Art is bursting from within the walls of the Picker Building in Nashua. Photographers, sculptors, jewelers, painters and more have come to this old building, just behind the Clocktower Apartments and along the Nashua River, to create works of startling diversity. They will open their studios on Saturday, May 21, to allow light to shine on a not so carefully guarded secret: the Picker Building is the epicenter of the Nashua art scene.
It is an unlikely place.
The Picker Building was built between 1861 and 1865 and got its name from the fact that workers used to pick seeds from cotton bales as part of the Nashua Manufacturing Co., according to Sid Ceaser, a photographer whose studio is in the building. But like many mill buildings, Picker lost its identity once the industry left town. Over the last six years it’s gotten a new one.
Albert Wilkinson, who runs A.W. Emboss LLC and is a photographer, was one of the earliest artists to call the building home in 2006. Over the years, Wilkinson has seen more and more artists arrive. Now there are more than 20.
“It has become a magnet,” Wilkinson said. “When people would visit during the Art Walk they would be amazed that so much art was in one spot.”
Ceaser (who has shot photos for the Hippo) said it was the success of the Art Walk that led the artists in the Picker Building to hold their own open studio. The first one happened last year and was a great success. Ceaser said one of the benefits for the artists is that because there is so much diversity — photographers, sculptors, jewelers, etc. — each business gets exposed to a variety of people. If Ceaser’s studio was alone and he held an open studio, only people who had heard of him would attend. But with so many other talented artists around, someone may come to see painter Dominique Boutaud and then end up loving Ceaser’s work.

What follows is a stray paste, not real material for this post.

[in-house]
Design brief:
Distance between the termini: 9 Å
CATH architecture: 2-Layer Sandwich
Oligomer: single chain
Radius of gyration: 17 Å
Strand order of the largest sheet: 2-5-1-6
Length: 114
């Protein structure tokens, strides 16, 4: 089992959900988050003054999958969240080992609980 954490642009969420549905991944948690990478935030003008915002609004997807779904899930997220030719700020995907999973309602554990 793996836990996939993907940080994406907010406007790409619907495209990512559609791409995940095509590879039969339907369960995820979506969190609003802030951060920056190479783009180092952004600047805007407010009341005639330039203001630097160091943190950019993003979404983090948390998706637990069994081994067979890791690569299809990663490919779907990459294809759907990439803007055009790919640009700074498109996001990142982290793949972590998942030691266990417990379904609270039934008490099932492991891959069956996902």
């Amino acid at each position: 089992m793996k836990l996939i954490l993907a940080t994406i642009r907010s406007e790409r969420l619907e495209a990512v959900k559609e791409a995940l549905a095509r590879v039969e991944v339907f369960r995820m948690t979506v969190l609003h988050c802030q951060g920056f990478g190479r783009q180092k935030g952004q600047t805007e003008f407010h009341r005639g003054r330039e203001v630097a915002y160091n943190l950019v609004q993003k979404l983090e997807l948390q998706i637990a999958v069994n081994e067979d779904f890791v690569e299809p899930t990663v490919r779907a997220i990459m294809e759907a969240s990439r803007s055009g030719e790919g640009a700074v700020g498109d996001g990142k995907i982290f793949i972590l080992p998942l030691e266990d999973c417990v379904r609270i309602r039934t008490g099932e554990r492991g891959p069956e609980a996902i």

This eagerness to work together is partially because the Picker Building is not located on Main Street and doesn’t get a lot of walk-by traffic, according to photographer Maria O’Brien, one of the newest tenants.
“Even though there are other photographers, it isn’t a battleground,” O’Brien said. “We’re getting our business from elsewhere and so there isn’t a sense of competition. We’re kind of a community.”
O’Brien had known about the Picker Building for years and waited for the right space to open so she could leave her at-home work studio. She said she now loves having a space to come to every day so she can separate work from home life. Her daughter, Erin, is a student at the New England School of Photography and will share the space with O’Brien.
“I was taken by the feel of the building,” O’Brien said.
This can’t be overstated. Abstract painter Patrica Ahern said as soon as she saw the windows and the view of the river and the high ceilings she knew the Picker Building was the place for her.
According to mixed-media artist Bonnie Guercio, each of the building’s four floors has its own culture. The second floor, where Guercio’s studio is located, is the most populated partly because it is the main floor visitors walk through.
Just down from Guercio’s studio is a large space that is home to Tanya Prather, fiber artist, Gail Moriarty, handcrafted jeweler, and D. Christine Lehmkuhl of Circus Bird Studio. Lehmkuhl, who works with precious metals, said she likes to hammer things, which she then turns into her personally designed pieces. She said after working more than 30 years as an IT professional she is loving life as an artist.
Art makes for a solitary profession but having like-minded people around can be helpful, according to Ahern. She said the creative energy in the building is infectious. In Ahern’s studio, she has two swings dangling from the ceiling that can hold up to 500 pounds of weight. Sometimes she swings for inspiration.
Potter Jim Convery fishes — right out the window of his studio. Convery spent his career building pipeline all over the country but began making pots in 2008. Now several potters come in to work in his corner studio, which has multiple windows. Since his window is right above the Nashua River, Convery is known to throw out a line from time to time.
“The Picker Building is really a great thing for Nashua,” Convery said.
And, as the word gets out, more and more artists will be attracted to it, according to Ceaser. This is a good thing for the artists who are already working there and for the city of Nashua. Guercio said Jim Bolger, the building’s owner, does all the renovations himself with a small crew and has kept the rent low, which has allowed artists to afford the spaces.
These spaces then transform into tiny galleries, which can be visited by the public.
“People get to see they’re supporting creative talent,” Ceaser said. “You’re not a franchise at the mall. You’re trying to make a living as an artist.”